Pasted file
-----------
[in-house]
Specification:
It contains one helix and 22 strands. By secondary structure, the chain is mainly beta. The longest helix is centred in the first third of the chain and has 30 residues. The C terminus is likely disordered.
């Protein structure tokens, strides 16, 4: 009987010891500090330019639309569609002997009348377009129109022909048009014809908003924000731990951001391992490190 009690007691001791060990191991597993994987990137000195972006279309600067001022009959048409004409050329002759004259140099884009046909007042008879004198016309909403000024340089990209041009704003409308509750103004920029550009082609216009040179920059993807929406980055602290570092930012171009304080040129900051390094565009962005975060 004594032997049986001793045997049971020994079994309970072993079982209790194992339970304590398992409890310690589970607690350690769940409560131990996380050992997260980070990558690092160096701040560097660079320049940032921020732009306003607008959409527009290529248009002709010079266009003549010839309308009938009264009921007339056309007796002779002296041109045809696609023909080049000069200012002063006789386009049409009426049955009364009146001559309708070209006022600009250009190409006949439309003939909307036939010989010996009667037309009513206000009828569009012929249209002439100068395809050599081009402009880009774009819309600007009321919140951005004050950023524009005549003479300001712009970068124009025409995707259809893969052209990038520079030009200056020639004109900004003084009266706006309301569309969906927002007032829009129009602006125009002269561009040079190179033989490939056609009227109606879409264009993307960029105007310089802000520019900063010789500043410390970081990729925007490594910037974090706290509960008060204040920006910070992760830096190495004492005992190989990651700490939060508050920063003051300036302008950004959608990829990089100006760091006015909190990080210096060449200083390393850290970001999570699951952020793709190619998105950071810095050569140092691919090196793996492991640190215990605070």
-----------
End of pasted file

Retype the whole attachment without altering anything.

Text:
[in-house]
Specification:
It contains one helix and 22 strands. By secondary structure, the chain is mainly beta. The longest helix is centred in the first third of the chain and has 30 residues. The C terminus is likely disordered.
């Protein structure tokens, strides 16, 4: 009987010891500090330019639309569609002997009348377009129109022909048009014809908003924000731990951001391992490190 009690007691001791060990191991597993994987990137000195972006279309600067001022009959048409004409050329002759004259140099884009046909007042008879004198016309909403000024340089990209041009704003409308509750103004920029550009082609216009040179920059993807929406980055602290570092930012171009304080040129900051390094565009962005975060 004594032997049986001793045997049971020994079994309970072993079982209790194992339970304590398992409890310690589970607690350690769940409560131990996380050992997260980070990558690092160096701040560097660079320049940032921020732009306003607008959409527009290529248009002709010079266009003549010839309308009938009264009921007339056309007796002779002296041109045809696609023909080049000069200012002063006789386009049409009426049955009364009146001559309708070209006022600009250009190409006949439309003939909307036939010989010996009667037309009513206000009828569009012929249209002439100068395809050599081009402009880009774009819309600007009321919140951005004050950023524009005549003479300001712009970068124009025409995707259809893969052209990038520079030009200056020639004109900004003084009266706006309301569309969906927002007032829009129009602006125009002269561009040079190179033989490939056609009227109606879409264009993307960029105007310089802000520019900063010789500043410390970081990729925007490594910037974090706290509960008060204040920006910070992760830096190495004492005992190989990651700490939060508050920063003051300036302008950004959608990829990089100006760091006015909190990080210096060449200083390393850290970001999570699951952020793709190619998105950071810095050569140092691919090196793996492991640190215990605070």